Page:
Former Suriname President Desi Bouterse’s last stance

Former President of Suriname, Desi Bouterse.
Associated Press / Edward Troon

He only has one more legal card to play and that is to appeal Monday’s (Aug.30) 20-year mass murder sentence imposed by Suriname’s highest court but judging from the utterances of the panel of judges, Desi Bouterse would have to produce and overwhelming set of new points of evidence to overturn the verdict in his favor.

Monday’s ruling by the court has reaffirmed the late 2019 sentence on the former military strongman turned two time elected president for the late 1982 murders of 15 government opponents who were tortured and executed at a downtown colonial era Dutch fort right next door to the office of the president.

The then Bouterse-led military government, which had two years earlier kicked out the elected government in a military coup, had accused the 15 of conspiring with The Netherlands and other western nations in plotting an alleged counter coup. Many, among them four journalists, clergymen, labor leaders and academics, were roused from their sleep, taken to the fort, questioned and tortured before being shot by soldiers. Bouterse, then a young and idealistic revolutionary who wanted to “decolonize” the Dutch from local affairs, has persistently denied giving any order to execute the group but has said he takes collective responsibility for the tragedy because he was in military and national command at the time.

Neither he nor his lawyer Irvin Kanhai turned up for the brief reading of the widely expected verdict, but both have said they will comply with the 14-day timeline to file an appeal even though the judges were circumspect to point out that the defense had missed yet another opportunity to bring any new evidence to convince the three-lady panel to rule otherwise. As was widely predicted, the judges stayed clear of ordering his arrest and detention until the appeal, apparently well aware this could have sparked some form of unrest. The Chan Santokhi government had, however, placed police and soldiers on high alert but there were no incidents apart from the presence of about 100 Bouterse supporters peacefully chanting slogans near the courthouse.

The ruling has come at a very bad and unfortunate time for Bouterse, 75. His favorite grandson, Walter Bouterse shot and killed himself several weeks ago in the midst of a national investigation into the disappearance of a large cache of weapons from his grand dad’s private home. The weapons were transferred to the home while Bouterse was head of state. One of his sons, Dino, is serving a 16-year cocaine trafficking sentence in the US, while the former charismatic head of state has made no secret of his battle with ill health in recent years. The weapons cache had included two military grade rocket propelled grenade launchers, two machine guns, 25 AK-47 rifles and a dozen handguns among others. Bouterse had said he was deeply saddened by Walter’s death.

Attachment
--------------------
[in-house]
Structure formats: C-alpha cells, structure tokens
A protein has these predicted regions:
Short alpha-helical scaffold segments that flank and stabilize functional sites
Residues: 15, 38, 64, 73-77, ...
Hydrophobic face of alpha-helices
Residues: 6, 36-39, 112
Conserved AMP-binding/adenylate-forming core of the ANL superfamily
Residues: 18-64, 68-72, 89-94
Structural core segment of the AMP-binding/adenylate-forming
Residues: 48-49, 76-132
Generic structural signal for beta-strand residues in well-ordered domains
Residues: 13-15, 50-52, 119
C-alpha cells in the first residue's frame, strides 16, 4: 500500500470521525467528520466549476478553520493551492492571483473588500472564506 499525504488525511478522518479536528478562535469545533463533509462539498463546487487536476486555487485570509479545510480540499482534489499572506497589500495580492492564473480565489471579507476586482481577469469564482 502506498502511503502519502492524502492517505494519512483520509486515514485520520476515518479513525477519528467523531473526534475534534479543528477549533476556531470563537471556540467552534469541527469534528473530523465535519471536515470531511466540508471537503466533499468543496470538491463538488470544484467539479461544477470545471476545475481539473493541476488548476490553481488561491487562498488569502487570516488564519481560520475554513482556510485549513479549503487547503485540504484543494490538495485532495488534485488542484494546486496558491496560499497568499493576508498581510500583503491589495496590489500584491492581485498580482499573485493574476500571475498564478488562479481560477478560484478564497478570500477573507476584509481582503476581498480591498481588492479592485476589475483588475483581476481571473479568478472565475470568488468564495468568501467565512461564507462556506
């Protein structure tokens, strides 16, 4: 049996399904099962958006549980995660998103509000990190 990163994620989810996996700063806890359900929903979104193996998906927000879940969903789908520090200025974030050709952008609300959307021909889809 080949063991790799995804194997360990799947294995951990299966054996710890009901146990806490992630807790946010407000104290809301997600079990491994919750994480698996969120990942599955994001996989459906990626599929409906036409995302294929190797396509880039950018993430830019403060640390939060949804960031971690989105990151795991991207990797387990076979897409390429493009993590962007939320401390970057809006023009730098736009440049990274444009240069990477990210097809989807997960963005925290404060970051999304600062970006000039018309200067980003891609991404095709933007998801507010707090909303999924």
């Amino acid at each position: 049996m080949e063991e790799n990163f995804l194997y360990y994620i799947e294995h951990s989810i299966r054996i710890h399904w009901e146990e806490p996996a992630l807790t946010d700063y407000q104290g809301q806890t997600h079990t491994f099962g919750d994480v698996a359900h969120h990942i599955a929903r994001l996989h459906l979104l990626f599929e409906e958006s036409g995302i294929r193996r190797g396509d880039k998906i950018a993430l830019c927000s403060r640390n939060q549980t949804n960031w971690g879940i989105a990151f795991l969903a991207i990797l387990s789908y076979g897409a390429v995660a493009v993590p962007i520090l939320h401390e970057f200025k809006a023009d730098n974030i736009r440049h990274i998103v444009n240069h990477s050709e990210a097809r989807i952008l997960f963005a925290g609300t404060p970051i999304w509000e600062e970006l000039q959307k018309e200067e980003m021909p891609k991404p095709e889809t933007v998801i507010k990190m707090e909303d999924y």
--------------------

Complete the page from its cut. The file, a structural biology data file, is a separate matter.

Reacting to the latest development on Tuesday, Bouterse laid the blame for the disappearance of the weapons squarely at the feet of his grandson, telling reporters that the equipment was stolen “by Walter and his companions. After his death, many ammunition and weapons were found in the house where he often stayed,” the former army sergeant turned 1980 coup leader said. He said underworld figures who have the weapons and want to make a deal with authorities to return them through trusted mediators but “we can organize that weapons get back, but so far no attempt has been made to get the weapons and bring them to the national army. The field knows which group has the weapons,” he noted, saying they are anxious to do so “because the weapons are from the military.”

At the presser as well, he said he is not worried about the sentence, noting that “it stands as big as a house. Believe me, I am really not worried about that. It’s there and people have a reason to leave it there. We are waiting with our experts on how to respond to this.”
For many in Suriname, the latest developments represent what they regard as the beginning of the end of a soldier/politician who has dominated local politics from the coup in February 1980 to this week. Astonishingly, Bouterse’s National Democratic Party (NDP) was formed in the mid 80s while he was army chief. It won three seats in elections while he wore a military uniform and carried the rank of colonel. Now in opposition after being in government for two consecutive five year terms, the NDP dropped 10 seats to 16 in general elections held last year but is banking on missteps from the government to rebuild and become politically competitive again.

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